Apple 12.9-inch iPad Pro Review: Size Matters

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  • Editor's Rating

    Ratings Breakdown (1-10)

      • Software & Support
      • 9
      • Upgrade Capabilities
      • 8
      • Usability
      • 8
      • Design
      • 9
      • Performance
      • 9
      • Features
      • 9
      • Price/Value Rating
      • 5
      • Total Score:
      • 8.14
      • Rating 1 to 10, top score 10
  • Pros

    • One of the biggest displays on the market
    • Outstanding performance
    • Four speakers
    • Can be turned into 2-in-1 laptop with optional keyboard
    • Immense battery life
  • Cons

    • Comparatively bulky
    • No removable memory card slot
    • Lightning port instead of USB-C
    • Expensive

Quick Take

The 12.9-inch display makes the iPad Pro the most productive tablet Apple has ever produced, and also the best suited for watching video. It's certainly not as portable as the company's 9.7-inch models, though.

Over the years, many businesspeople who like Apple’s previous tablets asked for a larger version because a 9.7-inch display isn’t ideal for use all day long. The result is the iPad Pro 12.9, a tablet with a screen that’s 78% larger than the iPad Air 2’s.

Professionals also demand a lot of their computers, so this new model has the fastest processor of any iPad, as well as twice as much RAM. Apple also offers a keyboard to turn it into a 2-in-1 notebook and a pen to make this tablet into a drawing tool.

We’ve tested the iPad Pro for business and personal use to see how well it lives up to Apple’s promises that it can do the job of a laptop.

Update: Those who are looking for an iOS tablet that’s almost as powerful but in a smaller formfactor should read our Apple 9.7-Inch iPad Pro Review.

Build and Design

To anyone who is accustomed to using an iPad Air 2, the iPad Pro 12.9 feels huge when it’s first picked up. It’s a whopping 12.0 x 8.7 x 0.3 inches (306 x 221 x 7.0 mm), which makes it 4 inches wider, and 3.3 inches taller and the Air 2. It weighs 1.6 pounds (299 g), more than twice as much. After a few days of use, however, one becomes more accustomed to the larger form factor. Plus, it’s definitely much smaller and lighter than most laptops.

Apple 12.9-inch iPad Pro Review

iPad Pro, iPad Air 2, iPad mini 4

Its size is its greatest strength, and its most significant weakness. The 12.9-inch display makes this the most productive iPad ever, and it’s an outstanding way to watch video, but it’s a lot to carry around and hold in the lap. It feels especially hefty when being used as an eBook reader — like reading a coffee-table book.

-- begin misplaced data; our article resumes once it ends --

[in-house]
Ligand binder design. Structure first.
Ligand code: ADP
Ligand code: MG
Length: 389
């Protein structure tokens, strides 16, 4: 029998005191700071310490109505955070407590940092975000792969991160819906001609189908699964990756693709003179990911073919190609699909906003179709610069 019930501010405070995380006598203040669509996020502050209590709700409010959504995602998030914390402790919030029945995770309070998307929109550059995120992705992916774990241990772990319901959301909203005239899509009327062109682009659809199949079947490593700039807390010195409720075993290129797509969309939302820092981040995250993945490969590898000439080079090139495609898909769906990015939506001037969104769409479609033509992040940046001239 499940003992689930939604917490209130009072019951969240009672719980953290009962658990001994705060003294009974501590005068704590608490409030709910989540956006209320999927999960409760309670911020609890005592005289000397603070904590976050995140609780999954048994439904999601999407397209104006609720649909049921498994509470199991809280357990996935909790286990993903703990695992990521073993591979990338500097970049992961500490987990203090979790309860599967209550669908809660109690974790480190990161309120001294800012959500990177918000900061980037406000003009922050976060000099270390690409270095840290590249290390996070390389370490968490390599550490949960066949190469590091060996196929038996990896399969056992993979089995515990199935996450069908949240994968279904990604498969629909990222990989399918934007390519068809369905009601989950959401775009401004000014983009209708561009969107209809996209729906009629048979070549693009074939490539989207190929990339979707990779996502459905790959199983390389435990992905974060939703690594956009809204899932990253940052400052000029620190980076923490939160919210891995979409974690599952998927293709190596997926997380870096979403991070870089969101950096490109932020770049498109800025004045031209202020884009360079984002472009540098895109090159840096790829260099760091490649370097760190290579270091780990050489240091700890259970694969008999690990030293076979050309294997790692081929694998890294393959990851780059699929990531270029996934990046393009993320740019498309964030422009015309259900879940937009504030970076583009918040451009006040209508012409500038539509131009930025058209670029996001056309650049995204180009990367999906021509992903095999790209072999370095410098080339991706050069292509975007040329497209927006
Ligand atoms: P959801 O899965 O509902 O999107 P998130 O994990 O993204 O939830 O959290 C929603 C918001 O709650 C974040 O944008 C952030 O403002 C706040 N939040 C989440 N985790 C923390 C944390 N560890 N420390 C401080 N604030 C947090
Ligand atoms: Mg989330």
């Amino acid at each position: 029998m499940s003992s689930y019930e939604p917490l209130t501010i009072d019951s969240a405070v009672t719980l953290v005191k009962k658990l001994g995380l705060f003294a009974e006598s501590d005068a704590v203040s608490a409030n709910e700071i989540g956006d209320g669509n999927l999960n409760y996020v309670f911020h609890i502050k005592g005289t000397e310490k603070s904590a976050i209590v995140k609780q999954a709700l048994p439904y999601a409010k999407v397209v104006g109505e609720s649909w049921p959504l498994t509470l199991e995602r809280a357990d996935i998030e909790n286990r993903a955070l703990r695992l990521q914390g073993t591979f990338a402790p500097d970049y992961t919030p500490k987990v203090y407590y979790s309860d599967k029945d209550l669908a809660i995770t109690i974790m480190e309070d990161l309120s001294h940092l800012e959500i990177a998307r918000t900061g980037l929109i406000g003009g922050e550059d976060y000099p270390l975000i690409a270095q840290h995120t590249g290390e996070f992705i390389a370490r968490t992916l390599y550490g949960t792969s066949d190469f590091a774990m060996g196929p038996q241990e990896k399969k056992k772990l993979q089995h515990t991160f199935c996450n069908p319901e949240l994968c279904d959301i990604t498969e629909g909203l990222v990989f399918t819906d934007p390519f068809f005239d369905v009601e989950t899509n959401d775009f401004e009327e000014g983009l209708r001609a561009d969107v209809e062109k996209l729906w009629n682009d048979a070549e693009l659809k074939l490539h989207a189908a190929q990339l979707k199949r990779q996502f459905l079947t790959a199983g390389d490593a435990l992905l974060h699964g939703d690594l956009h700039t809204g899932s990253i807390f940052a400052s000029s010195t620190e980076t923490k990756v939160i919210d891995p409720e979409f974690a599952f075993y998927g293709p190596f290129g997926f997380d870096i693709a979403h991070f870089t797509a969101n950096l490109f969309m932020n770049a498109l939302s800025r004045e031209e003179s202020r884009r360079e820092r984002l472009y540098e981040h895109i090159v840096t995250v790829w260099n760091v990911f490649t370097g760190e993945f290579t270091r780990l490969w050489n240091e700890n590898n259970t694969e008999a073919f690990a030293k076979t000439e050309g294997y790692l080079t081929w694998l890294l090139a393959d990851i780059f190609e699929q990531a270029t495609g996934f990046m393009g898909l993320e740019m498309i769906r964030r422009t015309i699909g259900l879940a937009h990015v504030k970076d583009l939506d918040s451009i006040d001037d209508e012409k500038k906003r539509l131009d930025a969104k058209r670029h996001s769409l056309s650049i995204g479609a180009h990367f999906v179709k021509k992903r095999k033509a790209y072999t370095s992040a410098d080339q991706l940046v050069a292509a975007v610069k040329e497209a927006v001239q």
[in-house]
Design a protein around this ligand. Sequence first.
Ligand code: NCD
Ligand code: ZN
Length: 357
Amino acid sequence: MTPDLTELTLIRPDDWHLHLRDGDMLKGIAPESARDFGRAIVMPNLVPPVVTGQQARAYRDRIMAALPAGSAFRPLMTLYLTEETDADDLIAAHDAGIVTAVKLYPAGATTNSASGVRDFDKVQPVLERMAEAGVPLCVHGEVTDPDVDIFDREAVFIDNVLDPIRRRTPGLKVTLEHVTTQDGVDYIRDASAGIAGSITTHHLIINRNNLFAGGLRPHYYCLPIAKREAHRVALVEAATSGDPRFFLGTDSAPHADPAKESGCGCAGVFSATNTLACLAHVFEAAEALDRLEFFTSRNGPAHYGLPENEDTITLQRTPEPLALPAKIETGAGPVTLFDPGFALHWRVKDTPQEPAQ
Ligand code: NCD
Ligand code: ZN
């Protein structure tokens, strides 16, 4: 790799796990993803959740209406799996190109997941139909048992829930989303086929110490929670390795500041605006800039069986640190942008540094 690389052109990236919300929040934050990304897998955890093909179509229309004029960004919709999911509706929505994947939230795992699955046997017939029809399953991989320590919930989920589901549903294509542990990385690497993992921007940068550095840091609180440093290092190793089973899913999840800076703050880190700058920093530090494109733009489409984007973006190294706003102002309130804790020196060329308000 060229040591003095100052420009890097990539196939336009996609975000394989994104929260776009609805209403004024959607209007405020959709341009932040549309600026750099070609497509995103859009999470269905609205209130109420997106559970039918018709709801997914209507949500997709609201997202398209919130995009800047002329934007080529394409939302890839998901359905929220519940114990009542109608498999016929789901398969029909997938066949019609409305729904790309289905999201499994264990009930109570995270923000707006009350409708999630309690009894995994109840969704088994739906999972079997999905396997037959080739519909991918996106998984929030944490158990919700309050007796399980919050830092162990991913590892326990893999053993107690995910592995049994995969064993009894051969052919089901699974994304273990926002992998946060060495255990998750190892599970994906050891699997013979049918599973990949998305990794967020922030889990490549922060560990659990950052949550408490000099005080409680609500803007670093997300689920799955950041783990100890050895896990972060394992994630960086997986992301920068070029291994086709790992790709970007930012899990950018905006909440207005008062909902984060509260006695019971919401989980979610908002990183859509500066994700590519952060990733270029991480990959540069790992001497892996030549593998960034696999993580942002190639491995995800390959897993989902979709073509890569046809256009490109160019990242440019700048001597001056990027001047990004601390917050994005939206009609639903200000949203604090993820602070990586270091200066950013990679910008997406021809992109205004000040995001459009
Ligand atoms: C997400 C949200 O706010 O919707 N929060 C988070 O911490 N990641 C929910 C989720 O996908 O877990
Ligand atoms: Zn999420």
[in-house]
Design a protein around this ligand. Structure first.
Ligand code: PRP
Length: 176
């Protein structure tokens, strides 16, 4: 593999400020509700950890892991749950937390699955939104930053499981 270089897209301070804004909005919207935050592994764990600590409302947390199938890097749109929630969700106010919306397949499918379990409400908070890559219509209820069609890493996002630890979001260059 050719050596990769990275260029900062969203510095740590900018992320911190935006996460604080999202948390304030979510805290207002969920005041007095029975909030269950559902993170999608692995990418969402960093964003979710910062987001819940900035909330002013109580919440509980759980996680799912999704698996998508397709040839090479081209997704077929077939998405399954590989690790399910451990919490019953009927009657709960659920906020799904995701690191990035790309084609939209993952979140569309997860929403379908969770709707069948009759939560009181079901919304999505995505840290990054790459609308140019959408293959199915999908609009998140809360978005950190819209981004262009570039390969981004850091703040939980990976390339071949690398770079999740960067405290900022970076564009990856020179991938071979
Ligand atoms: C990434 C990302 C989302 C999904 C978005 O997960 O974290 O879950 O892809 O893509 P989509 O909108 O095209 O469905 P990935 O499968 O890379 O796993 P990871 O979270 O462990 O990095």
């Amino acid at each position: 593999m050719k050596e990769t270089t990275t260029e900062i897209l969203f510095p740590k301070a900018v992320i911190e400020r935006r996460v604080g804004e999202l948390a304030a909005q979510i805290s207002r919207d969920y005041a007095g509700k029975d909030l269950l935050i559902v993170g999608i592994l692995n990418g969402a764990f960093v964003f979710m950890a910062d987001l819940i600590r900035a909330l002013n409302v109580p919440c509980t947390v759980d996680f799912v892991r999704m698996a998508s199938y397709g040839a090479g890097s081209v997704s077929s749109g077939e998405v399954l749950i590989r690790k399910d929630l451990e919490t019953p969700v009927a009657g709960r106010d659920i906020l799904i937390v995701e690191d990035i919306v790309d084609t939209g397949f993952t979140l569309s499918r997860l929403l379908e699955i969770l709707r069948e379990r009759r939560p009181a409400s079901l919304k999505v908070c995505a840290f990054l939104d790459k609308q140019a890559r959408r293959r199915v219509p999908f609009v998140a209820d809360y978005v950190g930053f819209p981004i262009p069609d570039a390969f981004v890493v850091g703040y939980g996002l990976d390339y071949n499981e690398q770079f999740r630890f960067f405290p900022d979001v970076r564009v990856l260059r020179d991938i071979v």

As with all Apple products, the build quality is impeccable. The device feels rock solid, and we were unable to make it noticeably flex by twisting it.

It is offered in silver, grey, and gold, but these colors appear only on the back and the very slim edges. The silver and gold versions have a white bezel around the display, while the grey version has a black one. We recommend the grey version for this reason, as the darker bezels are less noticeable in day-to-day use.

A majority of the front of the iPad Pro is screen, with bezels that are slim but still wide enough to make it easy to hold the device.

Display

In the past, Apple’s rivals have competed by offering larger tablets, like the 12.3-inch Microsoft Surface Pro 4 or the 12.2-inch Samsung Galaxy Note Pro 12.2. But Apple now offers one of the largest displays of any tablet.

The 12.9-inch screen has a 2732-by-1248 resolution, giving it a density of 264 pixels per inch, the same density as the iPad Air 2. For comparison, Samsung’s new flagship Galaxy Tab S2 9.7 also has 264 ppi, while the Surface Pro 4’s screen has 267 ppi.

Apple 12.9-inch iPad Pro Review

Apple iPad Pro in Silver, Gold, Grey

As the iPad’s screen is near the highest resolution of any tablet on the market, there’s no hint of pixelizaton. Text on the screen looks like it’s printed on paper and images are crystal clear.

Colors are vivid and strong. In our tests, we found the iPad Pro to be quite viewable out of doors, even in direct sunlight, as long as the backlight is at 100%.

The nearly 13-inch, high-res screen makes this the best tablet Apple has ever released for watching video. It is also clearly the reason why side-by-side multitasking was added to iOS 9, so that two applications can be displayed at the same time, like a web browser in one window and Microsoft Word in another. Apple has also been emphasizing that this large display is well suited for use as an electronic drawing pad with the Apple Pencil, which is sold separately for $99.

The screen is 10.3 inches wide in landscape mode, giving plenty of room for the virtual keyboard. It’s not really practical to touchtype with an on-screen keyboard no matter its size, but the iPad Pro gives plenty of room for a complete set of keys. Holding the device in landscape mode and typing with the thumbs is also something that’s not practical, but it’s quite doable in portrait mode. The screen is 7.7 inches wide when held this way, the same as the iPad Air 2 is in landscape mode.